ABSTRACT

Emergency Communications Case Study: Tribal Communications Partnerships - The Missing Piece In The Emergency Communications Landscape   [open pdf - 364KB]

"With 566 Federally-recognized American Indian tribes and Alaska Natives, tribal nations represent a unique and important sector of the emergency communications landscape in the United States. In an effort to assess the comprehensive nationwide interoperability for emergency communications, the DHS Office of Emergency Communications (OEC) has spent the last year coordinating with tribal nations and their neighboring counties and States to share knowledge, create plans and build partnerships that will strengthen the Nation's homeland security and emergency management system as a whole. As part of this, OEC's Interoperable Communications Technical Assistance Program (ICTAP) has been leading a data collection effort to document and gain a better understanding of the emergency communications capabilities of tribal communities across the country. The data provided by tribes has helped OEC develop technical assistance offerings focused on strengthening tribal communications and relationships between the tribe and the State. This Case Study will provide an overview of how OEC's communications assessment and workshop facilitated partnerships between the Mashpee Wampanoag tribe and its Federal, State and local public safety community to support interoperability across the Southeast Massachusetts region. One of the tribal nations that participated in OEC's data collection survey was the Mashpee Wampanoag tribe. The tribe consists of more than 2,600 enrolled members and is located primarily in Cape Cod, MA. The Wampanoags are most well-known in U.S. history for their role in the first Thanksgiving, for which they are accredited with befriending the Pilgrims of Plymouth. Hundreds of years later, the Mashpee Wampanoag tribal members still live in and around Cape Cod Bay and maintain good relations with their neighbors in Barnstable County."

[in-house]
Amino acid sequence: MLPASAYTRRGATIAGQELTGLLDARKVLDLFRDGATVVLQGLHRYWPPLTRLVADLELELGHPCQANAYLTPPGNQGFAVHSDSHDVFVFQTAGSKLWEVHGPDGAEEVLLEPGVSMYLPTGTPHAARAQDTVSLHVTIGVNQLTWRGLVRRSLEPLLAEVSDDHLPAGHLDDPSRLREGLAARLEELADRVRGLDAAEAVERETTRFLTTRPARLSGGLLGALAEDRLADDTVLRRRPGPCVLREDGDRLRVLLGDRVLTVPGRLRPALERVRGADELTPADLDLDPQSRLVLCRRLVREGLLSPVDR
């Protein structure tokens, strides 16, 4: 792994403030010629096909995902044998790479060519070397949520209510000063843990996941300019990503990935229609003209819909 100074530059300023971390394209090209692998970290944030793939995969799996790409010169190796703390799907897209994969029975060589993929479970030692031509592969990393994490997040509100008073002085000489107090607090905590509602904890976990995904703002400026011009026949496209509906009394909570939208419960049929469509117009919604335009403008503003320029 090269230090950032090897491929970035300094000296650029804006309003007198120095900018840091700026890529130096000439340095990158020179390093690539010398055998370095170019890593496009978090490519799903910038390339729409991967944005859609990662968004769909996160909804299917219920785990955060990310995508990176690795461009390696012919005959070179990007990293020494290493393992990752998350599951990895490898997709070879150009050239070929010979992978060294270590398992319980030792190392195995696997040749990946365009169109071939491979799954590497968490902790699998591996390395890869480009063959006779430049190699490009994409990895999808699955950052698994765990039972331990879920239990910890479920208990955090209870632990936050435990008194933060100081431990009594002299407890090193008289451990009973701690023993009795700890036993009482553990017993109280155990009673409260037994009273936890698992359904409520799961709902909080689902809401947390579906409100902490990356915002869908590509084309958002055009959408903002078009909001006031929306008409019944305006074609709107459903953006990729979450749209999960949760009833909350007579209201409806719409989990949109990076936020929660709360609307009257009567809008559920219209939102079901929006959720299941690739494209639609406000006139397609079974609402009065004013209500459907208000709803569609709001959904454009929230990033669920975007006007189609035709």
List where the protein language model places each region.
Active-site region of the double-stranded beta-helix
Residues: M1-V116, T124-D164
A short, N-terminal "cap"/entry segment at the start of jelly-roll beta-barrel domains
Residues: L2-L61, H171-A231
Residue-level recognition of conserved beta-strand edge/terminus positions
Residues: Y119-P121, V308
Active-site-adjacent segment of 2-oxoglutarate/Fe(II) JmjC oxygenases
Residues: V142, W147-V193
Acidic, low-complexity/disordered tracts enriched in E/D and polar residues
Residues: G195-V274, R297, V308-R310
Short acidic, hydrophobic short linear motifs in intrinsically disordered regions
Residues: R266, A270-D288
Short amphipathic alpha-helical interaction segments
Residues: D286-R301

Publisher:
Date:
2013-08
Copyright:
Public Domain
Retrieved From:
Department of Homeland Security: http://www.dhs.gov/
Format:
pdf
Media Type:
application/pdf
URL:
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